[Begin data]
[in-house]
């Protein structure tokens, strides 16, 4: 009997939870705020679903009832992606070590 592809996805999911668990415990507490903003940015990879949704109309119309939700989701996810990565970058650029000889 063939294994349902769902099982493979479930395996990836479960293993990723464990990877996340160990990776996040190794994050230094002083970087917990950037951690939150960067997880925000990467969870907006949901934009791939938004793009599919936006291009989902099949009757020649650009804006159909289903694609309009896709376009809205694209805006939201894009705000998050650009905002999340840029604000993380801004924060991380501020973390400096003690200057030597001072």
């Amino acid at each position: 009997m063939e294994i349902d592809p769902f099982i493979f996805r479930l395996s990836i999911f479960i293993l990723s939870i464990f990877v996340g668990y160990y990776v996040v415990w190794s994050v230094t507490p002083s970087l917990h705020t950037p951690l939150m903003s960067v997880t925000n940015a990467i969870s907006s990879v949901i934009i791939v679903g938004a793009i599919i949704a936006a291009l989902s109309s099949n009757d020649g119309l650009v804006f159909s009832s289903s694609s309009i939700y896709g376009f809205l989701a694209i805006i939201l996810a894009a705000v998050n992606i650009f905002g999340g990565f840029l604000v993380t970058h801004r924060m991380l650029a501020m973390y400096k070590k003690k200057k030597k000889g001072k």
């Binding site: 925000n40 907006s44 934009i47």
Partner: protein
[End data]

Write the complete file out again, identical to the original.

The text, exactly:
[in-house]
């Protein structure tokens, strides 16, 4: 009997939870705020679903009832992606070590 592809996805999911668990415990507490903003940015990879949704109309119309939700989701996810990565970058650029000889 063939294994349902769902099982493979479930395996990836479960293993990723464990990877996340160990990776996040190794994050230094002083970087917990950037951690939150960067997880925000990467969870907006949901934009791939938004793009599919936006291009989902099949009757020649650009804006159909289903694609309009896709376009809205694209805006939201894009705000998050650009905002999340840029604000993380801004924060991380501020973390400096003690200057030597001072």
């Amino acid at each position: 009997m063939e294994i349902d592809p769902f099982i493979f996805r479930l395996s990836i999911f479960i293993l990723s939870i464990f990877v996340g668990y160990y990776v996040v415990w190794s994050v230094t507490p002083s970087l917990h705020t950037p951690l939150m903003s960067v997880t925000n940015a990467i969870s907006s990879v949901i934009i791939v679903g938004a793009i599919i949704a936006a291009l989902s109309s099949n009757d020649g119309l650009v804006f159909s009832s289903s694609s309009i939700y896709g376009f809205l989701a694209i805006i939201l996810a894009a705000v998050n992606i650009f905002g999340g990565f840029l604000v993380t970058h801004r924060m991380l650029a501020m973390y400096k070590k003690k200057k030597k000889g001072k």
């Binding site: 925000n40 907006s44 934009i47």
Partner: protein